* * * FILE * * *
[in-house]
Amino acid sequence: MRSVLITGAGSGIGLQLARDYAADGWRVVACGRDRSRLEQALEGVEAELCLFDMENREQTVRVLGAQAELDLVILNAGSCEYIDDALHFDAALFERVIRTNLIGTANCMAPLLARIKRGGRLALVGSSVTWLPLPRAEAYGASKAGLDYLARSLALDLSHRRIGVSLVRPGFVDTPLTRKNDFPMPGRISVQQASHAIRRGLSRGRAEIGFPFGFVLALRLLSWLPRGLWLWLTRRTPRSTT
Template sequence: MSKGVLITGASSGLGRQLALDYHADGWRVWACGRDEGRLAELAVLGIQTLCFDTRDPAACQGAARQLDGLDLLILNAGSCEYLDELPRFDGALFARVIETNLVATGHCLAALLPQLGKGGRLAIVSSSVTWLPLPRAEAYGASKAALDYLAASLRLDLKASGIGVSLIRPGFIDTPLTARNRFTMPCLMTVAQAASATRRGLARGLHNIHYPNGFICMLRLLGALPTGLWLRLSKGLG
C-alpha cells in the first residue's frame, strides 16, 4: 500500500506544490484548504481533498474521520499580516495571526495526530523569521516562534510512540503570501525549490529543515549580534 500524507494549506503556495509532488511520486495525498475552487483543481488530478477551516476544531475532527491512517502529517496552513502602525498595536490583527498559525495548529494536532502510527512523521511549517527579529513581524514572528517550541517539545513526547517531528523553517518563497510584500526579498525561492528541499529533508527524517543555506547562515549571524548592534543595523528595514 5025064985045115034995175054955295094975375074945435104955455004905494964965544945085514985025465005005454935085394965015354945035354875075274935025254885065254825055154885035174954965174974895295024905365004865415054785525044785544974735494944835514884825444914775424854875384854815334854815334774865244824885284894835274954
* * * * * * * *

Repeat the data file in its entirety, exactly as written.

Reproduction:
[in-house]
Amino acid sequence: MRSVLITGAGSGIGLQLARDYAADGWRVVACGRDRSRLEQALEGVEAELCLFDMENREQTVRVLGAQAELDLVILNAGSCEYIDDALHFDAALFERVIRTNLIGTANCMAPLLARIKRGGRLALVGSSVTWLPLPRAEAYGASKAGLDYLARSLALDLSHRRIGVSLVRPGFVDTPLTRKNDFPMPGRISVQQASHAIRRGLSRGRAEIGFPFGFVLALRLLSWLPRGLWLWLTRRTPRSTT
Template sequence: MSKGVLITGASSGLGRQLALDYHADGWRVWACGRDEGRLAELAVLGIQTLCFDTRDPAACQGAARQLDGLDLLILNAGSCEYLDELPRFDGALFARVIETNLVATGHCLAALLPQLGKGGRLAIVSSSVTWLPLPRAEAYGASKAALDYLAASLRLDLKASGIGVSLIRPGFIDTPLTARNRFTMPCLMTVAQAASATRRGLARGLHNIHYPNGFICMLRLLGALPTGLWLRLSKGLG
C-alpha cells in the first residue's frame, strides 16, 4: 500500500506544490484548504481533498474521520499580516495571526495526530523569521516562534510512540503570501525549490529543515549580534 500524507494549506503556495509532488511520486495525498475552487483543481488530478477551516476544531475532527491512517502529517496552513502602525498595536490583527498559525495548529494536532502510527512523521511549517527579529513581524514572528517550541517539545513526547517531528523553517518563497510584500526579498525561492528541499529533508527524517543555506547562515549571524548592534543595523528595514 5025064985045115034995175054955295094975375074945435104955455004905494964965544945085514985025465005005454935085394965015354945035354875075274935025254885065254825055154885035174954965174974895295024905365004865415054785525044785544974735494944835514884825444914775424854875384854815334854815334774865244824885284894835274954